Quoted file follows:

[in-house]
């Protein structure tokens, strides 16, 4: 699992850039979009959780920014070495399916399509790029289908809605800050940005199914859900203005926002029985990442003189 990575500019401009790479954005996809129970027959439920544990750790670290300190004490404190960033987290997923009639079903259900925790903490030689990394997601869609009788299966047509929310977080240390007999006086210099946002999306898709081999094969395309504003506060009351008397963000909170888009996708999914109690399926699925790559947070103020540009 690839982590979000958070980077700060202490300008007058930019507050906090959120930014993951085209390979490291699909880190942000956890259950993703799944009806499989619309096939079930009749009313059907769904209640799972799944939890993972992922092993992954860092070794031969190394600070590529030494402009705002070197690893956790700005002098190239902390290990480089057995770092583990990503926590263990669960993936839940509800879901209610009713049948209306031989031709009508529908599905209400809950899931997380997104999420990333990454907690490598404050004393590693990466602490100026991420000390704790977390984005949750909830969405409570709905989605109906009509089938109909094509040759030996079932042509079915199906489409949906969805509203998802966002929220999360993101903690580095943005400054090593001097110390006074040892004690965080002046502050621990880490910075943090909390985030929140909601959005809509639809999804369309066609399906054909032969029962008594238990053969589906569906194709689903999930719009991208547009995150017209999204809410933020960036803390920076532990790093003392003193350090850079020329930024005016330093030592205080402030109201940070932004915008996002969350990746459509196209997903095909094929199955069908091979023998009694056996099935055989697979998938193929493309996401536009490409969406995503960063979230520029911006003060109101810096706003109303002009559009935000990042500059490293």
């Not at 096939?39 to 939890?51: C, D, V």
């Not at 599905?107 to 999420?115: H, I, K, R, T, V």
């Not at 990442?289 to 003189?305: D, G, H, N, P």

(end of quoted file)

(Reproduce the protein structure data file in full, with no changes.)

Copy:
[in-house]
């Protein structure tokens, strides 16, 4: 699992850039979009959780920014070495399916399509790029289908809605800050940005199914859900203005926002029985990442003189 990575500019401009790479954005996809129970027959439920544990750790670290300190004490404190960033987290997923009639079903259900925790903490030689990394997601869609009788299966047509929310977080240390007999006086210099946002999306898709081999094969395309504003506060009351008397963000909170888009996708999914109690399926699925790559947070103020540009 690839982590979000958070980077700060202490300008007058930019507050906090959120930014993951085209390979490291699909880190942000956890259950993703799944009806499989619309096939079930009749009313059907769904209640799972799944939890993972992922092993992954860092070794031969190394600070590529030494402009705002070197690893956790700005002098190239902390290990480089057995770092583990990503926590263990669960993936839940509800879901209610009713049948209306031989031709009508529908599905209400809950899931997380997104999420990333990454907690490598404050004393590693990466602490100026991420000390704790977390984005949750909830969405409570709905989605109906009509089938109909094509040759030996079932042509079915199906489409949906969805509203998802966002929220999360993101903690580095943005400054090593001097110390006074040892004690965080002046502050621990880490910075943090909390985030929140909601959005809509639809999804369309066609399906054909032969029962008594238990053969589906569906194709689903999930719009991208547009995150017209999204809410933020960036803390920076532990790093003392003193350090850079020329930024005016330093030592205080402030109201940070932004915008996002969350990746459509196209997903095909094929199955069908091979023998009694056996099935055989697979998938193929493309996401536009490409969406995503960063979230520029911006003060109101810096706003109303002009559009935000990042500059490293």
């Not at 096939?39 to 939890?51: C, D, V």
């Not at 599905?107 to 999420?115: H, I, K, R, T, V």
């Not at 990442?289 to 003189?305: D, G, H, N, P």